The Anna Maria Island Sun Newspaper

Vol. 12 No. 31 - May 16, 2012


Chill at Swordfish Grill

Anna Maria Island Sun News Story

louise bolger | sun
Mark Bartlett is the general manager at Swordfish Grill,
which offers spectacular views of the waters around Cortez.

There's not too much old Florida left in old Florida, but you can still find pockets of authenticity that will remind you of the way it once was. Tucked away along the quiet waters of Sarasota Bay in the iconic fishing village of Cortez you'll find a new restaurant that will restore your faith in old Florida.

The Swordfish Grill is smack dab in the middle of a working fishing village, boat yard and fish houses, surrounded by the bay waters that are home to practically all of Florida's water birds. The location is colorful enough for the most jaded Floridian, even before you step inside.

Inside you'll find a large cozy nautical space with a dynamite water view, walls made of weathered dock planks, tables, large booths a tin ceiling and a bar. The inside opens out to the deck and tiki bar, where high tables hug the railing along the water overlooking available dock space for diners who want to come by boat.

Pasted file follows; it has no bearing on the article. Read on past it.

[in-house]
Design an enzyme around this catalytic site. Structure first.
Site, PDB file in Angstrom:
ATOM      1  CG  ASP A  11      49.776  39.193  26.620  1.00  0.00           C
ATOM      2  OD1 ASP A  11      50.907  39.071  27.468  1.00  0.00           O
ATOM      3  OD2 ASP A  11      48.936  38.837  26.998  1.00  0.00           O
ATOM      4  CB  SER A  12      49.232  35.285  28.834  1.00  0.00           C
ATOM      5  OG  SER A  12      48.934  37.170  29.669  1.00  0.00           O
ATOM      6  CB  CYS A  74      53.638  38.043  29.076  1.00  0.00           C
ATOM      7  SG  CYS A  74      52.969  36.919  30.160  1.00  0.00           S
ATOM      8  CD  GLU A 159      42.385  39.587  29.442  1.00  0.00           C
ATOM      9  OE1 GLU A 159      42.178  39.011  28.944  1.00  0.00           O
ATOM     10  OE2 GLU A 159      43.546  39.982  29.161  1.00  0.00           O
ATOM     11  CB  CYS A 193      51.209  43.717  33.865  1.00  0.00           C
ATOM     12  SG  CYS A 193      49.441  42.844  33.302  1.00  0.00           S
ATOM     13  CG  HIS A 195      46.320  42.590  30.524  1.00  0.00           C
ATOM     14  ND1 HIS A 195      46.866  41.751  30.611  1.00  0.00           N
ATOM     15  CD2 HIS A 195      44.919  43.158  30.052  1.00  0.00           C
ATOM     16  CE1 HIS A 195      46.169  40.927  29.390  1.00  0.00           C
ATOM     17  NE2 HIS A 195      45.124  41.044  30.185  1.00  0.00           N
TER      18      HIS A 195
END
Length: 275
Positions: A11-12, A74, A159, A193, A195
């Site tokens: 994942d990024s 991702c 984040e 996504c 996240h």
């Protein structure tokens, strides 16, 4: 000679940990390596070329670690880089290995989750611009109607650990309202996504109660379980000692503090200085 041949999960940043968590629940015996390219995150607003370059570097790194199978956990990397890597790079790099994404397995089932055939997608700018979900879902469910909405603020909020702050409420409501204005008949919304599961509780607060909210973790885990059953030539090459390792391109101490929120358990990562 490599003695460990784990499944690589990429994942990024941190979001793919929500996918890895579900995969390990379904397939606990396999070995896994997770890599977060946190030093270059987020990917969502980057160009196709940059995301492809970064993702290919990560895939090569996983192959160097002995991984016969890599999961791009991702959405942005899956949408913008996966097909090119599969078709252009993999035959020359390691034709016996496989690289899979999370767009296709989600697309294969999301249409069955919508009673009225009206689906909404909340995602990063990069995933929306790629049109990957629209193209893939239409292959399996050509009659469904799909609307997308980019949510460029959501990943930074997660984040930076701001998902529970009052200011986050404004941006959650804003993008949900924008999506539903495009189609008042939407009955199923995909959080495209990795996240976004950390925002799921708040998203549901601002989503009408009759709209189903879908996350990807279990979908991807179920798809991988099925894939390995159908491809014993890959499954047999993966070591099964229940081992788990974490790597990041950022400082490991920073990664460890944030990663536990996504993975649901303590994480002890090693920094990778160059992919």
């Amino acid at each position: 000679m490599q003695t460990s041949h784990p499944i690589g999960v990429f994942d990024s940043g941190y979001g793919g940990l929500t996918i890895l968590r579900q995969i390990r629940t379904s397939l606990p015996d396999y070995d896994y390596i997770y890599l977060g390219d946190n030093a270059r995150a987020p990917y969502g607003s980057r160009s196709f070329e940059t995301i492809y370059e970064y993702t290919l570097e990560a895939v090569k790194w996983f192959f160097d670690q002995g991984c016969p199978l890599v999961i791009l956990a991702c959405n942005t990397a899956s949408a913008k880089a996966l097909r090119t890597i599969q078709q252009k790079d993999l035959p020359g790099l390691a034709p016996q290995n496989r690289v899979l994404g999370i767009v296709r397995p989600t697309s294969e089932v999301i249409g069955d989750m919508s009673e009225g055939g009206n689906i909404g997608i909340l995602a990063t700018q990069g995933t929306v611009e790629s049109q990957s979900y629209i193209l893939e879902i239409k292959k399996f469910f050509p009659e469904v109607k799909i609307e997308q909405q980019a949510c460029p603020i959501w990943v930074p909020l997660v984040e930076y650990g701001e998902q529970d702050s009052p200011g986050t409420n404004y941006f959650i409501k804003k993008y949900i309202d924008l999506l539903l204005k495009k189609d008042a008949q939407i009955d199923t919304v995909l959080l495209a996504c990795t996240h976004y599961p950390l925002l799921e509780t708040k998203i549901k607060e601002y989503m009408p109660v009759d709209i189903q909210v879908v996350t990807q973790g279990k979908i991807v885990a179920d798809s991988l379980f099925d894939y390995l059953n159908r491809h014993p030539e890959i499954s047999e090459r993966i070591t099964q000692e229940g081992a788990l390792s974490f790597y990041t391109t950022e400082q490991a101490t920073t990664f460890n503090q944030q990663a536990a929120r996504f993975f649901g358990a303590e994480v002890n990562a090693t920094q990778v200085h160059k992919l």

Mark Bartlett, the general manager of Swordfish Grill for owner John Banyas, has worked hard since the restaurant's opening in December to create a casual restaurant where you can have a beer and an appetizer or a rib eye steak dinner and everything in between.

Except for the daily lunch and dinner specials the menu is the same all day giving diners the flexibility of grabbing something quick at the bar or on the deck or relaxing and enjoying some of the entrees.